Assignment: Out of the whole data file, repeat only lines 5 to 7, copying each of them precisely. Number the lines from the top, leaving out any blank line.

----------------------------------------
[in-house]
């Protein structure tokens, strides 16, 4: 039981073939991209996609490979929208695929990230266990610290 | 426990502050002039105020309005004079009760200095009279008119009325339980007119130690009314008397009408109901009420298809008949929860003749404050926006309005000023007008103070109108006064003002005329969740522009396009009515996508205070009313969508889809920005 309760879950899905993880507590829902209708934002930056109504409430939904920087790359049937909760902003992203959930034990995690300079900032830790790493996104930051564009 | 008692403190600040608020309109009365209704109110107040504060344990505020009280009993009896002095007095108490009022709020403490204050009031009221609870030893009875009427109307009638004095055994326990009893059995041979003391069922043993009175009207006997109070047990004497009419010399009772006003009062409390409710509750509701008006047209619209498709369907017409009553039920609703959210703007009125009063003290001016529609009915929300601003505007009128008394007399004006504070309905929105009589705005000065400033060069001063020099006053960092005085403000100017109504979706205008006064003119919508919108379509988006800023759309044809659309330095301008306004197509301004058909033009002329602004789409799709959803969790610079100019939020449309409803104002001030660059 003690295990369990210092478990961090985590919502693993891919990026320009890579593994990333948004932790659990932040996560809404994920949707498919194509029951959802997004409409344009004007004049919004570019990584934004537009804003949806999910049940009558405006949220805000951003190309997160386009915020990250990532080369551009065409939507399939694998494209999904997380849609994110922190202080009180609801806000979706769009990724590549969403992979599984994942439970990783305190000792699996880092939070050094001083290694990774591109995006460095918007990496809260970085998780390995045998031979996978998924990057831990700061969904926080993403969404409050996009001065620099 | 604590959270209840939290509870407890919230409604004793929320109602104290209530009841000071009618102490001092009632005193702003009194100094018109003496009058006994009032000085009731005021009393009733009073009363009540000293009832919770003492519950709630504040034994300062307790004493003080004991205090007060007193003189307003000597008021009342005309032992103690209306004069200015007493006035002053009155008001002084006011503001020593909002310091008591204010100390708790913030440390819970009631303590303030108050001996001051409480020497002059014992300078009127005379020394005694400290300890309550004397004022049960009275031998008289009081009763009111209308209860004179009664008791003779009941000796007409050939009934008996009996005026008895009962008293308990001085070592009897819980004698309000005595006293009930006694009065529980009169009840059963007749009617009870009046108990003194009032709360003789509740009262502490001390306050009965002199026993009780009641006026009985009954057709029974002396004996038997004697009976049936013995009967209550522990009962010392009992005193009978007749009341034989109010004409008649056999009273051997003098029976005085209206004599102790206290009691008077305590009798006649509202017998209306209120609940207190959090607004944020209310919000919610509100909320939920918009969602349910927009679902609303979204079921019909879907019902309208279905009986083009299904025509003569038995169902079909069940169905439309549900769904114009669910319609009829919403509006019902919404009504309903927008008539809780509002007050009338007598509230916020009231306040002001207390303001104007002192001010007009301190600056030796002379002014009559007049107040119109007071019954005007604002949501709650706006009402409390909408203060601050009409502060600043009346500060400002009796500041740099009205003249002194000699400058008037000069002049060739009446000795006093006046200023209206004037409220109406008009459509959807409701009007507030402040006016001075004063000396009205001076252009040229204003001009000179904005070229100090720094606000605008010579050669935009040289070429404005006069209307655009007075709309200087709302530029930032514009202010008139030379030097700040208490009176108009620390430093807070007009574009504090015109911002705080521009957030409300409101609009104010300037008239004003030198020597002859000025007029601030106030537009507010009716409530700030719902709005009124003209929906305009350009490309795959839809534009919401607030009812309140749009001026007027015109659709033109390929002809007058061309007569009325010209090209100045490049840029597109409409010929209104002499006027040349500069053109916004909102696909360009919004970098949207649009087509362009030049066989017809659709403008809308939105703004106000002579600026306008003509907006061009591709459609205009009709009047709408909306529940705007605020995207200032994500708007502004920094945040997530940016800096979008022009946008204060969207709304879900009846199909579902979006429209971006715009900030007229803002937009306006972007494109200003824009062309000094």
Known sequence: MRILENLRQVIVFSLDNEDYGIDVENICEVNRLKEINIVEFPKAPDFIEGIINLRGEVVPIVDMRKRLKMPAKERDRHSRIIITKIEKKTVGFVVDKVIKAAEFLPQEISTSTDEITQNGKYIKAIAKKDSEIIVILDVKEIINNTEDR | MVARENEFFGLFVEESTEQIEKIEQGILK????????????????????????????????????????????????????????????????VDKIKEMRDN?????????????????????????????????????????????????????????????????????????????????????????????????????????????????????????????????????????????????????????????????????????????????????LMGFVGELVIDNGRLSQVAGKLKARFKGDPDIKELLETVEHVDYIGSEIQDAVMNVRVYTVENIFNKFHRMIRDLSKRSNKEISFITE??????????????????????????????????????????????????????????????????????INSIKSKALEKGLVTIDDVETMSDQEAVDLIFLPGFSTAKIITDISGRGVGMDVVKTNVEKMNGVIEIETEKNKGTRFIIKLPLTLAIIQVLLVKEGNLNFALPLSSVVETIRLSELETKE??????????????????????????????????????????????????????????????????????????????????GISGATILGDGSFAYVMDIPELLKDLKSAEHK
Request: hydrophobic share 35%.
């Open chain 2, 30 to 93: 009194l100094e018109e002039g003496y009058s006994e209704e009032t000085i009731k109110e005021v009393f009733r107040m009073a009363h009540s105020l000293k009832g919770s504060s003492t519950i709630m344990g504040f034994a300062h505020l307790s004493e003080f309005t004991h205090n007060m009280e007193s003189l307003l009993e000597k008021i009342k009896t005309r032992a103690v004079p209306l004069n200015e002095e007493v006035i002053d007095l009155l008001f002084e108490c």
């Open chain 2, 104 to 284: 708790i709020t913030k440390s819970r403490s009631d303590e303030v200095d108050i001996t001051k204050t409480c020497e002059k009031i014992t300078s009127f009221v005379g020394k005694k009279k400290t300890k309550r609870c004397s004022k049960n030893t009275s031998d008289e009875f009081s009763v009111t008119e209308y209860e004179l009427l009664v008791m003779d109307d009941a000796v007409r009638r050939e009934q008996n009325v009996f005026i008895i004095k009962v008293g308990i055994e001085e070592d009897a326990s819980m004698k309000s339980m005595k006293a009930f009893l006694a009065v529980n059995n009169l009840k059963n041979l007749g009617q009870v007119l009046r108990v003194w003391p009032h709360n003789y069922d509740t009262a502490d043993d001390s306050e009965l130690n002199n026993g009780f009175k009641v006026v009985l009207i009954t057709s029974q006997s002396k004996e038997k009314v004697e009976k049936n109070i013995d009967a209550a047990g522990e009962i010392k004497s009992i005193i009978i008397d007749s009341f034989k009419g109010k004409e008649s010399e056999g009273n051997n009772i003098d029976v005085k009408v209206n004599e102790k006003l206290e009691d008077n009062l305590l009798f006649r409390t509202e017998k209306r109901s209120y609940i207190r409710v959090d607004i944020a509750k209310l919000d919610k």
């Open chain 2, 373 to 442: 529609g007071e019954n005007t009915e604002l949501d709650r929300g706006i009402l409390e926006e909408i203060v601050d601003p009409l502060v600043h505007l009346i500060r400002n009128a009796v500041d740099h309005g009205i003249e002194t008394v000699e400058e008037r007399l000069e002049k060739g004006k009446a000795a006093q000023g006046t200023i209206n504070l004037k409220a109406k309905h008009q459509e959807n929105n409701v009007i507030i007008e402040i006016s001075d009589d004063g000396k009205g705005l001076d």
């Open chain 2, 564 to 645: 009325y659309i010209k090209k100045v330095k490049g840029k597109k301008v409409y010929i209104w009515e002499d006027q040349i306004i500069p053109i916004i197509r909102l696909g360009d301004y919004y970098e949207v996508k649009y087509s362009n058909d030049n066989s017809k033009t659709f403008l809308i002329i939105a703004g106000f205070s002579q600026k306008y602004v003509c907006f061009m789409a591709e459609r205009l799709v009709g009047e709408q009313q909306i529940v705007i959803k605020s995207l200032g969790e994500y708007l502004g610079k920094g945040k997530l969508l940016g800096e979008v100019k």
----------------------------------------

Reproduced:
């Open chain 2, 30 to 93: 009194l100094e018109e002039g003496y009058s006994e209704e009032t000085i009731k109110e005021v009393f009733r107040m009073a009363h009540s105020l000293k009832g919770s504060s003492t519950i709630m344990g504040f034994a300062h505020l307790s004493e003080f309005t004991h205090n007060m009280e007193s003189l307003l009993e000597k008021i009342k009896t005309r032992a103690v004079p209306l004069n200015e002095e007493v006035i002053d007095l009155l008001f002084e108490c």
């Open chain 2, 104 to 284: 708790i709020t913030k440390s819970r403490s009631d303590e303030v200095d108050i001996t001051k204050t409480c020497e002059k009031i014992t300078s009127f009221v005379g020394k005694k009279k400290t300890k309550r609870c004397s004022k049960n030893t009275s031998d008289e009875f009081s009763v009111t008119e209308y209860e004179l009427l009664v008791m003779d109307d009941a000796v007409r009638r050939e009934q008996n009325v009996f005026i008895i004095k009962v008293g308990i055994e001085e070592d009897a326990s819980m004698k309000s339980m005595k006293a009930f009893l006694a009065v529980n059995n009169l009840k059963n041979l007749g009617q009870v007119l009046r108990v003194w003391p009032h709360n003789y069922d509740t009262a502490d043993d001390s306050e009965l130690n002199n026993g009780f009175k009641v006026v009985l009207i009954t057709s029974q006997s002396k004996e038997k009314v004697e009976k049936n109070i013995d009967a209550a047990g522990e009962i010392k004497s009992i005193i009978i008397d007749s009341f034989k009419g109010k004409e008649s010399e056999g009273n051997n009772i003098d029976v005085k009408v209206n004599e102790k006003l206290e009691d008077n009062l305590l009798f006649r409390t509202e017998k209306r109901s209120y609940i207190r409710v959090d607004i944020a509750k209310l919000d919610k």
């Open chain 2, 373 to 442: 529609g007071e019954n005007t009915e604002l949501d709650r929300g706006i009402l409390e926006e909408i203060v601050d601003p009409l502060v600043h505007l009346i500060r400002n009128a009796v500041d740099h309005g009205i003249e002194t008394v000699e400058e008037r007399l000069e002049k060739g004006k009446a000795a006093q000023g006046t200023i209206n504070l004037k409220a109406k309905h008009q459509e959807n929105n409701v009007i507030i007008e402040i006016s001075d009589d004063g000396k009205g705005l001076d």